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I need a recursive LISP function that enumerates the number of elements in any list of numbers > 3. I'm not allowed to use lets, loops or whiles and can only use basic CAR, CDR, SETQ, COND, CONS, APPEND, PROGN, LIST...

This is my attempt at the function:

(defun foo (lst) 
  (COND ((null lst) lst) 
    (T (IF (> (CAR lst) 3) 
      (1+ (foo (CDR lst)))
      (foo (CDR lst)) ) ) ) )

The function call:

(foo '(0 1 2 3 4 5 6))
share|improve this question
up vote 5 down vote accepted

Your code is pretty close to correct, just a small mistake in the base case:

For the empty list you return the empty list. So if you have the list (6), you add 6 to foo of the empty list, which is the empty list. That does not work because you can't add a number to a list.

You can easily fix it by making foo return 0 instead of lst when lst is empty.

As a style note: Mixing cond and if like this, seems a bit redundant. I would write it like this, using only cond instead:

(defun foo (lst) 
  (cond
    ((null lst)
      0)
    ((> (car lst) 3) 
      (1+ (foo (cdr lst))))
    (T
      (foo (cdr lst)))))
share|improve this answer
    
I did not know cond could work that way. All of the online resources are scattered about the internet and not easy to comprehend... – toast Nov 19 '10 at 0:16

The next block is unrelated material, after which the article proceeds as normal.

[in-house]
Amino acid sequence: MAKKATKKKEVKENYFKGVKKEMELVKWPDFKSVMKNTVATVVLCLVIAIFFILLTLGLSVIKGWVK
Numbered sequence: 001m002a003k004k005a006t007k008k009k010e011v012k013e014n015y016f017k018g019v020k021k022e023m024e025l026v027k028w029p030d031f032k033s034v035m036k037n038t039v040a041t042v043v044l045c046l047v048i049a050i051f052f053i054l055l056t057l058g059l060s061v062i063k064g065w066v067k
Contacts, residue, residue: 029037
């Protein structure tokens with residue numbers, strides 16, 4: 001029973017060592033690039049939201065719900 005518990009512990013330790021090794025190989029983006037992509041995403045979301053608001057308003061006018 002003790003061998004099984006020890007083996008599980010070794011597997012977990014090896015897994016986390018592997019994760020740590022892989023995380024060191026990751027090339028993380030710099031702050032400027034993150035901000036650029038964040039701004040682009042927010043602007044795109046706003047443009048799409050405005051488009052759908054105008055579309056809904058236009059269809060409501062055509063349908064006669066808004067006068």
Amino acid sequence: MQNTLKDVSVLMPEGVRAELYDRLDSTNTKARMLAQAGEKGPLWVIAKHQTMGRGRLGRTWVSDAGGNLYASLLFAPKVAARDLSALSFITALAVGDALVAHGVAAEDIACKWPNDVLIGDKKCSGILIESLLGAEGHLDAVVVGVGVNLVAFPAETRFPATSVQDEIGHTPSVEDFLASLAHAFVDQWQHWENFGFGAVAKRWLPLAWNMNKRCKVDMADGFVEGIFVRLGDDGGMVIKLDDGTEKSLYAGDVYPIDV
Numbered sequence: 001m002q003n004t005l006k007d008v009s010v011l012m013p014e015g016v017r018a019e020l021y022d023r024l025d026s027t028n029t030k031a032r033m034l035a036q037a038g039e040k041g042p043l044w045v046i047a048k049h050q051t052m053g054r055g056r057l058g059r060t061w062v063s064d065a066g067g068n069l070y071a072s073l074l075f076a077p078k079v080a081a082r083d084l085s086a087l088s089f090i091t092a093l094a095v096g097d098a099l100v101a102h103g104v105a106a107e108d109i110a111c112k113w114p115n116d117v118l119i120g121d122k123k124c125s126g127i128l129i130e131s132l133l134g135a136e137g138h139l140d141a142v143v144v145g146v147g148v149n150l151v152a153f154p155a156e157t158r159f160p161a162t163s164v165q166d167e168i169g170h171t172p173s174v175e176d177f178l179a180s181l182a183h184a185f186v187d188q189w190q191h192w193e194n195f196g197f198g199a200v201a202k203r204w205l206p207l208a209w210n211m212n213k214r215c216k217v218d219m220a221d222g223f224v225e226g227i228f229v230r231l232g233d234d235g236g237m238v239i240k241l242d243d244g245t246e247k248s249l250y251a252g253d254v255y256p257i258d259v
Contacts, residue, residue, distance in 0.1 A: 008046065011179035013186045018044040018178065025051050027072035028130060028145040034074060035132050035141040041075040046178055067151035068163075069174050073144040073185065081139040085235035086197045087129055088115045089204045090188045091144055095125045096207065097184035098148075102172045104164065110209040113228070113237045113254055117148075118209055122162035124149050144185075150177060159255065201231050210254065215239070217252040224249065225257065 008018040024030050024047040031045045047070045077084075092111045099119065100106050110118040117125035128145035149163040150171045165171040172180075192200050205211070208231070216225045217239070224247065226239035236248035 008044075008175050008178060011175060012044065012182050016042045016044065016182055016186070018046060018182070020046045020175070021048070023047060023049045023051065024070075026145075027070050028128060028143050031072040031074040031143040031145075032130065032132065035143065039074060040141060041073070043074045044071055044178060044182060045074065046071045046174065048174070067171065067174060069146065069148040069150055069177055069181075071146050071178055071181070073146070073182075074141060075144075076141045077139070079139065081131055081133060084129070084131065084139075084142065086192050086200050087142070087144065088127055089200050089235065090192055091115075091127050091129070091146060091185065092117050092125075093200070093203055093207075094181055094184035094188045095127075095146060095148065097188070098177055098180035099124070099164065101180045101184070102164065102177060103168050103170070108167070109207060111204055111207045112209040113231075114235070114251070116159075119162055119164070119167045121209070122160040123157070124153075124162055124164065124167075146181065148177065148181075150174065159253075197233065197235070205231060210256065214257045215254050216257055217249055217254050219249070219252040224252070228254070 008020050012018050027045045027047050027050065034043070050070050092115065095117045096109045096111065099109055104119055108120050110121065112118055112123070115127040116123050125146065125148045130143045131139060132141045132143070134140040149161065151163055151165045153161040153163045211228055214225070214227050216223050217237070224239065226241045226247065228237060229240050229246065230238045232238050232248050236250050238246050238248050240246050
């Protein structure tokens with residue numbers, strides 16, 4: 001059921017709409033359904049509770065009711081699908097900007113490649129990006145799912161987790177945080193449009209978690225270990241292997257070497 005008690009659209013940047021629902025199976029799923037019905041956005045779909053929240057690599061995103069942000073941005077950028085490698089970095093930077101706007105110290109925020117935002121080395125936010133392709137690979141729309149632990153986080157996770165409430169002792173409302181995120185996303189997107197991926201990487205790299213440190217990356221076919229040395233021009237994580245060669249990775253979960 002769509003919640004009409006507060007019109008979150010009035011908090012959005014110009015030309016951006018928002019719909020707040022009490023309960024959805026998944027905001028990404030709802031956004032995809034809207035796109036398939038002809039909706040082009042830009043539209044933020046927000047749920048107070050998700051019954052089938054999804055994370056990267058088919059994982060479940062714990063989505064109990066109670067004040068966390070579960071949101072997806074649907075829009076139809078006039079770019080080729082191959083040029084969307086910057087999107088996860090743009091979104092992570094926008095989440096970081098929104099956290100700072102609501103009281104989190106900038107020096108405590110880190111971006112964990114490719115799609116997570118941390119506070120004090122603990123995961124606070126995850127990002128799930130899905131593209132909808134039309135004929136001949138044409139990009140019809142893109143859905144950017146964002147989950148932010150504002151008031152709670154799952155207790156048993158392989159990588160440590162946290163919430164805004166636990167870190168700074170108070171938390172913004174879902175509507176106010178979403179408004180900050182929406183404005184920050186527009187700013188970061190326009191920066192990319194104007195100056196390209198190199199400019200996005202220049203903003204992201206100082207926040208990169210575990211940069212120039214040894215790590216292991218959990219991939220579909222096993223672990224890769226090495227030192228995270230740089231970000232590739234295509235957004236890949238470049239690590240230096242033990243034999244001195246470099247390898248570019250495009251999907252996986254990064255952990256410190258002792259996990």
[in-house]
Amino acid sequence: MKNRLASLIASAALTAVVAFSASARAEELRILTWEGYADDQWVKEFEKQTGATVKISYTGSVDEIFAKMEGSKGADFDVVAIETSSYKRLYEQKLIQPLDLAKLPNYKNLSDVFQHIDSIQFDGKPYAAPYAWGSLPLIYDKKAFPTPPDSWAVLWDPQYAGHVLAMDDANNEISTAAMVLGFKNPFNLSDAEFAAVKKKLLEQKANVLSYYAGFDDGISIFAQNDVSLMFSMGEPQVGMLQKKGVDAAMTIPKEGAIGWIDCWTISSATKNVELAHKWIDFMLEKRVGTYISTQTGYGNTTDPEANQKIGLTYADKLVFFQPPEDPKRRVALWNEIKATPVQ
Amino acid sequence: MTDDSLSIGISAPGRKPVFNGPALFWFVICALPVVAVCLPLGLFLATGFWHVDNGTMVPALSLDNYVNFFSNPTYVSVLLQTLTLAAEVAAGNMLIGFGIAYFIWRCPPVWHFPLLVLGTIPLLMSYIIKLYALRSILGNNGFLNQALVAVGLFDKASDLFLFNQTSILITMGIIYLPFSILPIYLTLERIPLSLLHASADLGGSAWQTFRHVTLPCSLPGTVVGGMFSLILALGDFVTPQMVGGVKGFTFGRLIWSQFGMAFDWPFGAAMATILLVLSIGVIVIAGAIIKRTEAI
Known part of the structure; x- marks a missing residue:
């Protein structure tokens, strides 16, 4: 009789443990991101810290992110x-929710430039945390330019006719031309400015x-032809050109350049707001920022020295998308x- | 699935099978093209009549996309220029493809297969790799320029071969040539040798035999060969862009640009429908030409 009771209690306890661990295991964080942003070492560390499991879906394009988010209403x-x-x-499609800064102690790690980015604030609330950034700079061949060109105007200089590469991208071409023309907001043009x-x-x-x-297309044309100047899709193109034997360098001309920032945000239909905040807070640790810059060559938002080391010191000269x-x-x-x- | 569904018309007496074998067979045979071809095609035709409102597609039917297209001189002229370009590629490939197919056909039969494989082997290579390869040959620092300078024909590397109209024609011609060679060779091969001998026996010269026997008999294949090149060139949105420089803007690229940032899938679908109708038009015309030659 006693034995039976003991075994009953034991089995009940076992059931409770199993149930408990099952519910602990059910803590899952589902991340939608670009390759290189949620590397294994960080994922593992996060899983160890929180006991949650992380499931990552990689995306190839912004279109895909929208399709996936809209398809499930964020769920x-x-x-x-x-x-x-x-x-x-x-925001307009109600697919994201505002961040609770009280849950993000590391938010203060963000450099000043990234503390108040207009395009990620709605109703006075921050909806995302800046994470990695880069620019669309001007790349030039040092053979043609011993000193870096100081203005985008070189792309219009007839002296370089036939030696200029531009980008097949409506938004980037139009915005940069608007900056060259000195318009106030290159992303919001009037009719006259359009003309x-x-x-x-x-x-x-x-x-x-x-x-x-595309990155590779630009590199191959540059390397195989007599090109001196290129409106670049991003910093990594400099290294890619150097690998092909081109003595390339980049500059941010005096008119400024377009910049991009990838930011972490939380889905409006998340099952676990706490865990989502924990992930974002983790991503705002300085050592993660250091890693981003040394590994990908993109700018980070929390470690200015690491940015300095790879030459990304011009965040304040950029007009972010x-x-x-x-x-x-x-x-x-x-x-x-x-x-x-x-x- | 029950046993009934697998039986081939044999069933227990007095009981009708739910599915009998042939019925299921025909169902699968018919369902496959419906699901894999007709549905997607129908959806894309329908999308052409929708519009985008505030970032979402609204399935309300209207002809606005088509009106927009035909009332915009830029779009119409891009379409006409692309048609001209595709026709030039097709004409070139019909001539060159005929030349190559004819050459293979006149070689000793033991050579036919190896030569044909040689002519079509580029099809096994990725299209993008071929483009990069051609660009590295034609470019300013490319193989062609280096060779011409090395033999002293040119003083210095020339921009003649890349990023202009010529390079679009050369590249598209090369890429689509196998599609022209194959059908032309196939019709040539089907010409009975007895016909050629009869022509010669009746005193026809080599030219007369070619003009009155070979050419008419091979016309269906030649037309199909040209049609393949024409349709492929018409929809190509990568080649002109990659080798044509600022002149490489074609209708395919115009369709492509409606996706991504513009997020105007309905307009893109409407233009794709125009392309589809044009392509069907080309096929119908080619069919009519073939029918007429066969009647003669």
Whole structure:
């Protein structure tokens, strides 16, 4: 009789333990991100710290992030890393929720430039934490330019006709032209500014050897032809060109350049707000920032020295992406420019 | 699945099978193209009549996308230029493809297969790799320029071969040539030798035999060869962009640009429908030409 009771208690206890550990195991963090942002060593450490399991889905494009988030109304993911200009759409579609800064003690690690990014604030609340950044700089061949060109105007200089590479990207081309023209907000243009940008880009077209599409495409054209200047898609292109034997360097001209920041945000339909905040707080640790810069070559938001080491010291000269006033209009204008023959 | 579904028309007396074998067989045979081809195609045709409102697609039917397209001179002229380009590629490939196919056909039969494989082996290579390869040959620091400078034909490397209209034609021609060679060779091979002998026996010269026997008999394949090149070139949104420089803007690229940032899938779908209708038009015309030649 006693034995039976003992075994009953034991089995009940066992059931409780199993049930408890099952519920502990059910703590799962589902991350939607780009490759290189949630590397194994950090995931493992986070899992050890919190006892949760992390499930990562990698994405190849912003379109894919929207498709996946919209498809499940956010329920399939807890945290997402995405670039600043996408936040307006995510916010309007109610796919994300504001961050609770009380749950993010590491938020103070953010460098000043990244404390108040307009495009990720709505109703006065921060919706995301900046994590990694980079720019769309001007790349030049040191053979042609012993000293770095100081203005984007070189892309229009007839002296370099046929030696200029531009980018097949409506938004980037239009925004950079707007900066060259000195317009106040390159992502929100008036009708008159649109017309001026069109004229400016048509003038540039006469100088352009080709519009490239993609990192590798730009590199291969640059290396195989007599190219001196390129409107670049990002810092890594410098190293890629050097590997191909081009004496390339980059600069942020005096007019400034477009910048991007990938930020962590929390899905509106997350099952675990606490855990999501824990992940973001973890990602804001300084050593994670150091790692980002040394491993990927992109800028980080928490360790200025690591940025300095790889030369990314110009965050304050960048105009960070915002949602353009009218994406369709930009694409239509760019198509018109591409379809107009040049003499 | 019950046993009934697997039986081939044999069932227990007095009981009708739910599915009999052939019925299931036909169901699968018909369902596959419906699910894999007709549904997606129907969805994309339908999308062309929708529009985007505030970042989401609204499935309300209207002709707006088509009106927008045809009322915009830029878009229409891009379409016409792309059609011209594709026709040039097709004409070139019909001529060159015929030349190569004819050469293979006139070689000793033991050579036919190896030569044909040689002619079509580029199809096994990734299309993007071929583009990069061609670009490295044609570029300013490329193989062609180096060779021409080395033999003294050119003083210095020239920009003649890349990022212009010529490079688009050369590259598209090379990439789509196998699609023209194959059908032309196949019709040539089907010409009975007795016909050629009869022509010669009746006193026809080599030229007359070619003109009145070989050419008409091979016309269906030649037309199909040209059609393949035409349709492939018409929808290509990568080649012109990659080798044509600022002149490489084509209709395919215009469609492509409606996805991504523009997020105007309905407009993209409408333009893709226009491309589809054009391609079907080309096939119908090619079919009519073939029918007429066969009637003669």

1  
The best on-line resource for common lisp is (probably) "The HyperSpec" ( lispworks.com/documentation/HyperSpec/Front ) and is close to the most comprehensive description of CL. – Vatine Nov 19 '10 at 10:48

Some stylistic points:

  • There's no need to put some Lisp built-ins in uppercase. It's not 1958 anymore!
  • But if you are going to put built-ins in uppercase, why not DEFUN and NULL?
  • You have an if inside the last branch of your cond. This is redundant. Since the purpose of cond is testing conditions, why not use it?
  • There's no need to space out your closing parentheses like that. No-one counts parentheses these days, we have parenthesis-matching editors.
  • Lisp has separate namespaces for functions and values, so you don't have to call your argument lst to avoid conflicting with the built-in function list.

If you were programming this for real, of course you'd use count-if:

(count-if #'(lambda (x) (> x 3)) '(0 1 2 3 4 5 6))
    ==> 3
share|improve this answer
1  
Sorry about the stylistic issues (first program)... perhaps my professor learned LISP in 1958--I chuckled though. I believe "count-if" is outside the scope of the functions we're allowed to use. – toast Nov 18 '10 at 23:42

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